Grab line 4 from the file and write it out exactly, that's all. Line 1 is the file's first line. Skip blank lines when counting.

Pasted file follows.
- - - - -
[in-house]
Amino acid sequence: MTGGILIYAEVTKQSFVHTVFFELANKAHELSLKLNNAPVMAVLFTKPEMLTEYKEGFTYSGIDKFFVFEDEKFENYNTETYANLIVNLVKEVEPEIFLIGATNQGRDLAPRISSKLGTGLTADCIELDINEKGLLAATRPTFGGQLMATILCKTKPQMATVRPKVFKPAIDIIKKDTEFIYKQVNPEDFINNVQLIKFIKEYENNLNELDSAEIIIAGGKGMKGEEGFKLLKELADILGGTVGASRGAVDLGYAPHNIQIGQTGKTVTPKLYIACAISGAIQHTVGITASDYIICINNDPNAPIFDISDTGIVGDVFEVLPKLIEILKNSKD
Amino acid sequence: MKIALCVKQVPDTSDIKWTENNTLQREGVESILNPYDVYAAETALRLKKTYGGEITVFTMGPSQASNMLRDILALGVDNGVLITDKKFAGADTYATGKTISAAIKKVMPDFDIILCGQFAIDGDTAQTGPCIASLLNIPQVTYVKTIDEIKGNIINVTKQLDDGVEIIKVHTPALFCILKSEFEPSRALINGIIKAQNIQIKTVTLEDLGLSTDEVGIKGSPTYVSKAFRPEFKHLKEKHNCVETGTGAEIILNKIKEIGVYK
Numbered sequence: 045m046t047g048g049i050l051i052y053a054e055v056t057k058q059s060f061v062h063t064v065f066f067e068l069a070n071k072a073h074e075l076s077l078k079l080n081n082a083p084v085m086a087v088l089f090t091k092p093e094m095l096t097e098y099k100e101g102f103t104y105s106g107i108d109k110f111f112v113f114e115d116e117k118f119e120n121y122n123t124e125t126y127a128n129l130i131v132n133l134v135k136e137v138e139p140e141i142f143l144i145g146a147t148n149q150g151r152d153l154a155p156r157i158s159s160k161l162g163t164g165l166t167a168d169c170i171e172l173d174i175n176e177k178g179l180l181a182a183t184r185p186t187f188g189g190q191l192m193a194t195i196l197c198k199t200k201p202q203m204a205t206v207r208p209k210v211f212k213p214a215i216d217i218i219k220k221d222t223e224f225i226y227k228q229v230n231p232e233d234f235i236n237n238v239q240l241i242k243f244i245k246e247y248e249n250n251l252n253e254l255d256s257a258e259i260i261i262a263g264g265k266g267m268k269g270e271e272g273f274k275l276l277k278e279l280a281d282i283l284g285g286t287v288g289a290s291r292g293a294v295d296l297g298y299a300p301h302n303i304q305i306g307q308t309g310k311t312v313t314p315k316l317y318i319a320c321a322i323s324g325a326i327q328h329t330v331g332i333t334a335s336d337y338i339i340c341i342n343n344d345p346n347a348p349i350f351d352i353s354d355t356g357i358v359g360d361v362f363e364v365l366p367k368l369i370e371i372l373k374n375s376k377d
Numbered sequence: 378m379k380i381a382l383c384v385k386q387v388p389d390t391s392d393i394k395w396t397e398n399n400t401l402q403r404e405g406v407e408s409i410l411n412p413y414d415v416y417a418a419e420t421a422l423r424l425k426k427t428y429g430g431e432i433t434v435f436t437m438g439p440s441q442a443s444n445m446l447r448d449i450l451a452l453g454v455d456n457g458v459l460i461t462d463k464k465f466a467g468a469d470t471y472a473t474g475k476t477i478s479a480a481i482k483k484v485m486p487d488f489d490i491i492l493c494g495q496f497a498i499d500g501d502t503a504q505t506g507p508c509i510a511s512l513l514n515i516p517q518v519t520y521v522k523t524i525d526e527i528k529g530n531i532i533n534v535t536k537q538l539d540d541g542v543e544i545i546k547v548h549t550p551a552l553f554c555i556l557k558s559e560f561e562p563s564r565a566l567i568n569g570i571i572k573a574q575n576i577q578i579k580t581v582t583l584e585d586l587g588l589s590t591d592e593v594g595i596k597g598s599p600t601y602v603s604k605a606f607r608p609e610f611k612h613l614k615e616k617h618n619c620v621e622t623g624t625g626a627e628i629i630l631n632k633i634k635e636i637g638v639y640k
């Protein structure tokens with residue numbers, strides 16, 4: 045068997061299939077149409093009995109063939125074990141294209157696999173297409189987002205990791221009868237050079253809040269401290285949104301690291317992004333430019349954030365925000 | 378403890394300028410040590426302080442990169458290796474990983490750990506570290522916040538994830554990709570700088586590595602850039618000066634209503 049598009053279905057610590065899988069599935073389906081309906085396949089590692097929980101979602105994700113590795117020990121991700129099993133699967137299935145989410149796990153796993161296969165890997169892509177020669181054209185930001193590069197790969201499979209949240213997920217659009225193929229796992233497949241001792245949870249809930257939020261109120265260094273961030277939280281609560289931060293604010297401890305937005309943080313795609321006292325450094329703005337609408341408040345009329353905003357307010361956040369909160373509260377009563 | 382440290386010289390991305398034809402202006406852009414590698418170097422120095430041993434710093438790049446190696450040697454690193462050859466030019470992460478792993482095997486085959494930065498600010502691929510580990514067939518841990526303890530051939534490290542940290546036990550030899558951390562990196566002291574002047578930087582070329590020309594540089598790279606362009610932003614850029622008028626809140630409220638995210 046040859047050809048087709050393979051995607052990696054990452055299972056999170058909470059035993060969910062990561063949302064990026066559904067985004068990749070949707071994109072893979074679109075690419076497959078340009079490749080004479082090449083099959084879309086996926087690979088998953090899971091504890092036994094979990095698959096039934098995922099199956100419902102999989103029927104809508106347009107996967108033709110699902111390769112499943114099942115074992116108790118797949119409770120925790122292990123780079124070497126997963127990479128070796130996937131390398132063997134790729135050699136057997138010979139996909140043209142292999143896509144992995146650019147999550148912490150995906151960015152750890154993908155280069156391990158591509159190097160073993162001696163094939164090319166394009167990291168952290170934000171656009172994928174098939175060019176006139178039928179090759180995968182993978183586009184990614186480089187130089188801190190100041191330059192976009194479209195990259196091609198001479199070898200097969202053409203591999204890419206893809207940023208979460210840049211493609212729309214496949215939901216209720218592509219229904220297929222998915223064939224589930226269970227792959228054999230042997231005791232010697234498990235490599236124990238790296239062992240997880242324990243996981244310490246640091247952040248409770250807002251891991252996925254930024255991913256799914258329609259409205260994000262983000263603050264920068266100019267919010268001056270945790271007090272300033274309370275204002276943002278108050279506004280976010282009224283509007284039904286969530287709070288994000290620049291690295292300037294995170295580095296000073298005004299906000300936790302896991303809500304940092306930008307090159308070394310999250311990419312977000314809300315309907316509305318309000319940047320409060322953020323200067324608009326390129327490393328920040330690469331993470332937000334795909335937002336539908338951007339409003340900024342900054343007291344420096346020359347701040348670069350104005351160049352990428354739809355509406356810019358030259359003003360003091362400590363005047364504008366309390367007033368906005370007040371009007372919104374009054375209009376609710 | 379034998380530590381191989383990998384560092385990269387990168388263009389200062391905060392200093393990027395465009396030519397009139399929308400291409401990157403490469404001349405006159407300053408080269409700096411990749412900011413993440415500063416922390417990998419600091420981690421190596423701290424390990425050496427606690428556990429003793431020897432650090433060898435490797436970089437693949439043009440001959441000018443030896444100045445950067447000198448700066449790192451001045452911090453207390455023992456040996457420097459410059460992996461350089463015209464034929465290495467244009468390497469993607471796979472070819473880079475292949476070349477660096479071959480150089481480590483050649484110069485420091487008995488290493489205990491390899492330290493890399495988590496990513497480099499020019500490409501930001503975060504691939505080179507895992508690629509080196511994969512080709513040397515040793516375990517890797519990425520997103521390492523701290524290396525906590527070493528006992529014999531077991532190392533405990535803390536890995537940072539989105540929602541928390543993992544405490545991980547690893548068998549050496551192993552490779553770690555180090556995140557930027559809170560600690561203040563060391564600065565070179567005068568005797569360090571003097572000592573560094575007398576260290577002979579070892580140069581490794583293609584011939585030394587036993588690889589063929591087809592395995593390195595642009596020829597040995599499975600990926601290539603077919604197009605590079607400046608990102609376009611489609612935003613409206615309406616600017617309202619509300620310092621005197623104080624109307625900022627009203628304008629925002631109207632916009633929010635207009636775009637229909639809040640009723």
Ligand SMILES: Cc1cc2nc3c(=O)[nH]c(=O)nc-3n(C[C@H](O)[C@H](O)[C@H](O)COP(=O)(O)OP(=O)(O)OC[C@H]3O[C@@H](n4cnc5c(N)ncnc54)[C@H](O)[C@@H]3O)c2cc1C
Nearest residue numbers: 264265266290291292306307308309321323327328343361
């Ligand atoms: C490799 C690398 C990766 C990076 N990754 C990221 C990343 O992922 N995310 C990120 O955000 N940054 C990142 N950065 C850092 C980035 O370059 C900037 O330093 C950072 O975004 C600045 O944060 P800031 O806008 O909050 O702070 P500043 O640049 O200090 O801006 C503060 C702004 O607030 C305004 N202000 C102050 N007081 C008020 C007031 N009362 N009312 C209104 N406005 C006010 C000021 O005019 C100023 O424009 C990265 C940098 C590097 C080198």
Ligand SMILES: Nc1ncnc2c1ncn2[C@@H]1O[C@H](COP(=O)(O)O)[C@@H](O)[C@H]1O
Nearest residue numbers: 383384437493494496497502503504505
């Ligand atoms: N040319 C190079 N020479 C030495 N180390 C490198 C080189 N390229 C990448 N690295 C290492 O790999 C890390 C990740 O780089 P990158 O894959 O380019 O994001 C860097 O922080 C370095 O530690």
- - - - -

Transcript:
Numbered sequence: 045m046t047g048g049i050l051i052y053a054e055v056t057k058q059s060f061v062h063t064v065f066f067e068l069a070n071k072a073h074e075l076s077l078k079l080n081n082a083p084v085m086a087v088l089f090t091k092p093e094m095l096t097e098y099k100e101g102f103t104y105s106g107i108d109k110f111f112v113f114e115d116e117k118f119e120n121y122n123t124e125t126y127a128n129l130i131v132n133l134v135k136e137v138e139p140e141i142f143l144i145g146a147t148n149q150g151r152d153l154a155p156r157i158s159s160k161l162g163t164g165l166t167a168d169c170i171e172l173d174i175n176e177k178g179l180l181a182a183t184r185p186t187f188g189g190q191l192m193a194t195i196l197c198k199t200k201p202q203m204a205t206v207r208p209k210v211f212k213p214a215i216d217i218i219k220k221d222t223e224f225i226y227k228q229v230n231p232e233d234f235i236n237n238v239q240l241i242k243f244i245k246e247y248e249n250n251l252n253e254l255d256s257a258e259i260i261i262a263g264g265k266g267m268k269g270e271e272g273f274k275l276l277k278e279l280a281d282i283l284g285g286t287v288g289a290s291r292g293a294v295d296l297g298y299a300p301h302n303i304q305i306g307q308t309g310k311t312v313t314p315k316l317y318i319a320c321a322i323s324g325a326i327q328h329t330v331g332i333t334a335s336d337y338i339i340c341i342n343n344d345p346n347a348p349i350f351d352i353s354d355t356g357i358v359g360d361v362f363e364v365l366p367k368l369i370e371i372l373k374n375s376k377d